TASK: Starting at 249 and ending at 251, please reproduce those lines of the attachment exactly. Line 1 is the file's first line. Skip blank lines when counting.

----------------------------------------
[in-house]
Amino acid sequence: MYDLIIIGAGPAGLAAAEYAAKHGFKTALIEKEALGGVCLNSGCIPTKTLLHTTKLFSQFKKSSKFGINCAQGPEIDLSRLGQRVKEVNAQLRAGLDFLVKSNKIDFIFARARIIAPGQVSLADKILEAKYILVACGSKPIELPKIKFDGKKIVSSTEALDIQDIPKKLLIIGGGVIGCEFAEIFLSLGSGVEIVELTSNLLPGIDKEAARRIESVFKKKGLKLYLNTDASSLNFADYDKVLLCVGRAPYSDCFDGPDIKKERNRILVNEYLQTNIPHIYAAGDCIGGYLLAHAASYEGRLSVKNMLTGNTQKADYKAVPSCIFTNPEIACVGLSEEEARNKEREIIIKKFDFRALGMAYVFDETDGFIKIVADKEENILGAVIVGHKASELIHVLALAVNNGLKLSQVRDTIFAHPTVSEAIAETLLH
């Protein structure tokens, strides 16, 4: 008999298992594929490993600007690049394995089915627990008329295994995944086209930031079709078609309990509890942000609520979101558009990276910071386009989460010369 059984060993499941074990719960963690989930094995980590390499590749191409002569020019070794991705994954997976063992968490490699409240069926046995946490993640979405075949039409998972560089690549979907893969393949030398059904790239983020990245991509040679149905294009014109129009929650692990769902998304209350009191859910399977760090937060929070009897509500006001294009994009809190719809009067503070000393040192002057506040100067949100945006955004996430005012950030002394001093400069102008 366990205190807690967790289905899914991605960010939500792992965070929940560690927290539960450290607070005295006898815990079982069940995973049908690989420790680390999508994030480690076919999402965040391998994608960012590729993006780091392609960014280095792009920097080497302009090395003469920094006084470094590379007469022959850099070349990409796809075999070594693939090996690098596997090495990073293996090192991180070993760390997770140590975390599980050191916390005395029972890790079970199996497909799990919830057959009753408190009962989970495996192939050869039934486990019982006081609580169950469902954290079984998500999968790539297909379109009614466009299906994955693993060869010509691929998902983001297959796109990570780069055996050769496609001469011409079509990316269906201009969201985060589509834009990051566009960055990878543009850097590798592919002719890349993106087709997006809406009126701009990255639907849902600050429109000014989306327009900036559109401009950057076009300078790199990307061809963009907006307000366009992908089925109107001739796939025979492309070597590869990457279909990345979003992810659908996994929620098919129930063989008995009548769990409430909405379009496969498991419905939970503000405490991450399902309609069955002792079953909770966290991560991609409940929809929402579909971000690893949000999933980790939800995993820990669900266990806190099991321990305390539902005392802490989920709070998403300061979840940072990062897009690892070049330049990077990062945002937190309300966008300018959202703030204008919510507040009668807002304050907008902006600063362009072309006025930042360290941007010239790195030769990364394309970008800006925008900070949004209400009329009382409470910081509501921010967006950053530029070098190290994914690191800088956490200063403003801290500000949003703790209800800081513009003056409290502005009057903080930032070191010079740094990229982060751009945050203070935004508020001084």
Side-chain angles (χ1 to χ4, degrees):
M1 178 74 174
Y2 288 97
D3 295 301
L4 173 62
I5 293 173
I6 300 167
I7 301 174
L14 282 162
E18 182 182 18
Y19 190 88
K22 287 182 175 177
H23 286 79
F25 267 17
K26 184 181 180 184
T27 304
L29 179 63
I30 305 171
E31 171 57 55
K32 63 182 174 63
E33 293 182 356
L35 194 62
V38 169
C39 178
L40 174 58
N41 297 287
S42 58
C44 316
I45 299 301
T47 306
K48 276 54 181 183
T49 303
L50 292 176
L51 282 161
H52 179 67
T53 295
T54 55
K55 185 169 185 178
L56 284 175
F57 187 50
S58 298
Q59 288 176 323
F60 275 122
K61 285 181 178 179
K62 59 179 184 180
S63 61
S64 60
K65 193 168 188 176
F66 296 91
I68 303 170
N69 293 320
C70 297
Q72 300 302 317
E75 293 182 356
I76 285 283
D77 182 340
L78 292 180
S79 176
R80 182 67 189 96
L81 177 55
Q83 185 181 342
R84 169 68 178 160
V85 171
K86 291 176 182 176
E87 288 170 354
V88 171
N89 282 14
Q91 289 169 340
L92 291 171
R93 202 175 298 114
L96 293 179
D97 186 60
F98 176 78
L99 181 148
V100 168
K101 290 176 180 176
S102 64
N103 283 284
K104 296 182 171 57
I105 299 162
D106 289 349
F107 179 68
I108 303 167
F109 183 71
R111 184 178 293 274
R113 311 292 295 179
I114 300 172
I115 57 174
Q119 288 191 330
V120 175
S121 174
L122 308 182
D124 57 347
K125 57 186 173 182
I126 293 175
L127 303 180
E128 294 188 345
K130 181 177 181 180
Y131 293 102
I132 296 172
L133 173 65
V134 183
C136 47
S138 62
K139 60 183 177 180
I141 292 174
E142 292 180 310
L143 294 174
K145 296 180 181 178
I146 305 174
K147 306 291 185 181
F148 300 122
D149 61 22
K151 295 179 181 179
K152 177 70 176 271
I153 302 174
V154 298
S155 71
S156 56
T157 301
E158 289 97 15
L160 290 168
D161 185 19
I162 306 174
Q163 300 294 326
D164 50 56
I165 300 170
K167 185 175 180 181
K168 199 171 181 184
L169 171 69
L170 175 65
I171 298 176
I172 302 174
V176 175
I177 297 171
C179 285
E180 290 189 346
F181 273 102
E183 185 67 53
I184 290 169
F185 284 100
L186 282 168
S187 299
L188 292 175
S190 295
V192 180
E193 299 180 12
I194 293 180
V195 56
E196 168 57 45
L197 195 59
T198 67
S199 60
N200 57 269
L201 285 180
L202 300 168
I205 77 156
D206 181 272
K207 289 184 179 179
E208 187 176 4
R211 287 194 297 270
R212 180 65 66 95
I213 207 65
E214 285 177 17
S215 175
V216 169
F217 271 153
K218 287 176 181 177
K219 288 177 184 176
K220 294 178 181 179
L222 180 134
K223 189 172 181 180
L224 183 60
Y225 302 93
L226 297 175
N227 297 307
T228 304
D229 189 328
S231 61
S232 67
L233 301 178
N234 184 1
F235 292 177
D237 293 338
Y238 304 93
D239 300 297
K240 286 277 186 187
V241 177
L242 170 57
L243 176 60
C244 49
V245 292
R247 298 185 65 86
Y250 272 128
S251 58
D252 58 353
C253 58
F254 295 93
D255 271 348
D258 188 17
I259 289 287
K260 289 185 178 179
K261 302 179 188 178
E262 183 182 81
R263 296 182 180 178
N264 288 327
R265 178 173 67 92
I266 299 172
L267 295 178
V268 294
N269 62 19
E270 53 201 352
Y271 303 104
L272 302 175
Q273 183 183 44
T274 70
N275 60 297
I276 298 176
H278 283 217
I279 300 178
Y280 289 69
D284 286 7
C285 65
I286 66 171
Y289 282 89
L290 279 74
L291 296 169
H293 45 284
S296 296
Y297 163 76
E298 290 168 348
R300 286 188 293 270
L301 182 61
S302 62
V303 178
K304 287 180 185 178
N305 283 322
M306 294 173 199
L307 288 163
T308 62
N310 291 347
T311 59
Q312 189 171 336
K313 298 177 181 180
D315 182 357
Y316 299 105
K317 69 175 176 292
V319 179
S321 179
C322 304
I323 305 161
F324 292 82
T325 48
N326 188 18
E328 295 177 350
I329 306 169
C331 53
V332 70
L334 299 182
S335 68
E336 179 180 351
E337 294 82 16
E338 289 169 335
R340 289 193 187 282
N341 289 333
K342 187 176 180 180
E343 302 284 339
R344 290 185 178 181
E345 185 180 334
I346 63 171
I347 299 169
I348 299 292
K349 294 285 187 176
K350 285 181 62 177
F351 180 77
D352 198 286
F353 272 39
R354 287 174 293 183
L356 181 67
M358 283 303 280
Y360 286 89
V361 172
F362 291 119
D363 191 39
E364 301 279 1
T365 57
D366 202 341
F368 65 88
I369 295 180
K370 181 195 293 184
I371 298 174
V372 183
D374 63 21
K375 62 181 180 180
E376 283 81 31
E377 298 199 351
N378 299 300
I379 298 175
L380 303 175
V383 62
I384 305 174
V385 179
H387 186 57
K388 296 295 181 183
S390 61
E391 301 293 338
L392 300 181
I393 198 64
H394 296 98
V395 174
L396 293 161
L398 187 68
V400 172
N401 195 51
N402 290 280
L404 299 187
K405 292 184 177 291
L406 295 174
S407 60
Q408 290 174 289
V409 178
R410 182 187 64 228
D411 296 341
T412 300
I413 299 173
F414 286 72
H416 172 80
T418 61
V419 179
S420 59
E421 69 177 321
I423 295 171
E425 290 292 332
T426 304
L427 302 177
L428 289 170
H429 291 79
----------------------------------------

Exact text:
Y316 299 105
K317 69 175 176 292
V319 179